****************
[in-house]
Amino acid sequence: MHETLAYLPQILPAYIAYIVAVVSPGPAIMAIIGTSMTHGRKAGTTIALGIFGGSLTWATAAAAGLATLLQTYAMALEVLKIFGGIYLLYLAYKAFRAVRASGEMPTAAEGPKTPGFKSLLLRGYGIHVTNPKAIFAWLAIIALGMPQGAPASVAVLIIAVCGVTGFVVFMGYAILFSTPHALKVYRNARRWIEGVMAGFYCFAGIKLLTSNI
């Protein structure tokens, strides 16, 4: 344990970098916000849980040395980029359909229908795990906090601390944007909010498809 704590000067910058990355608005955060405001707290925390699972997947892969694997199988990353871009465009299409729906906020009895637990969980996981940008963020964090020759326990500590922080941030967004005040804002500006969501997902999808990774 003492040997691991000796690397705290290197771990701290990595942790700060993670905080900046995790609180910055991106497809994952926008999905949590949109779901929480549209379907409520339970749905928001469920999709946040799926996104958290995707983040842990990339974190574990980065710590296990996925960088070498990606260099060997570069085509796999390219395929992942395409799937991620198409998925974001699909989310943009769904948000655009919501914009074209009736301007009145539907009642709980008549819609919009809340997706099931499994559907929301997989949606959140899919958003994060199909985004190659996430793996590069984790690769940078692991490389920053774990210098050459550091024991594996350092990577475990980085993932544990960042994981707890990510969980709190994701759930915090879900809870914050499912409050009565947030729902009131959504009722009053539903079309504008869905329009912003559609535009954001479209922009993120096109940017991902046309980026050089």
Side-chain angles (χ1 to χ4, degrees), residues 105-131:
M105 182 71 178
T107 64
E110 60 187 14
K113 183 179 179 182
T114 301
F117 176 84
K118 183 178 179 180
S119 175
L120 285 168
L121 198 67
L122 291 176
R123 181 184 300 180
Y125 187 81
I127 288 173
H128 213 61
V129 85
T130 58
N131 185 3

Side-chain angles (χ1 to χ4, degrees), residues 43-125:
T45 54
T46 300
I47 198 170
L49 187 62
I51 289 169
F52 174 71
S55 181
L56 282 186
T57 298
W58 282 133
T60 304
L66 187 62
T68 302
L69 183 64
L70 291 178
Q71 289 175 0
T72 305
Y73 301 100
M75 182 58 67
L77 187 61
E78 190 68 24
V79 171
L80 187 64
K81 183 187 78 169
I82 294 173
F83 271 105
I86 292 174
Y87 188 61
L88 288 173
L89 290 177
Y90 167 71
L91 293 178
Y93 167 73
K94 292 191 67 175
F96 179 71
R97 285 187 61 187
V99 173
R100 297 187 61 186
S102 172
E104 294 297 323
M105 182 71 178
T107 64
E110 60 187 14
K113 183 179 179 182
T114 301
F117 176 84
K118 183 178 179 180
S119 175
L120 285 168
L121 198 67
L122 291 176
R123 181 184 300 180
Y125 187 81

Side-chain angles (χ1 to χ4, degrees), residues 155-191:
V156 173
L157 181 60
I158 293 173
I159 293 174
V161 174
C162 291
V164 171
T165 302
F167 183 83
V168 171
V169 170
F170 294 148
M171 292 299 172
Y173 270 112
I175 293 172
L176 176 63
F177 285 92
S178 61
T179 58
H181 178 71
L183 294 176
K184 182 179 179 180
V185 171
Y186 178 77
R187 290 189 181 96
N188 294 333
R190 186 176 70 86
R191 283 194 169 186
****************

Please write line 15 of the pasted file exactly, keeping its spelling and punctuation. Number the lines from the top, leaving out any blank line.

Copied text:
L122 291 176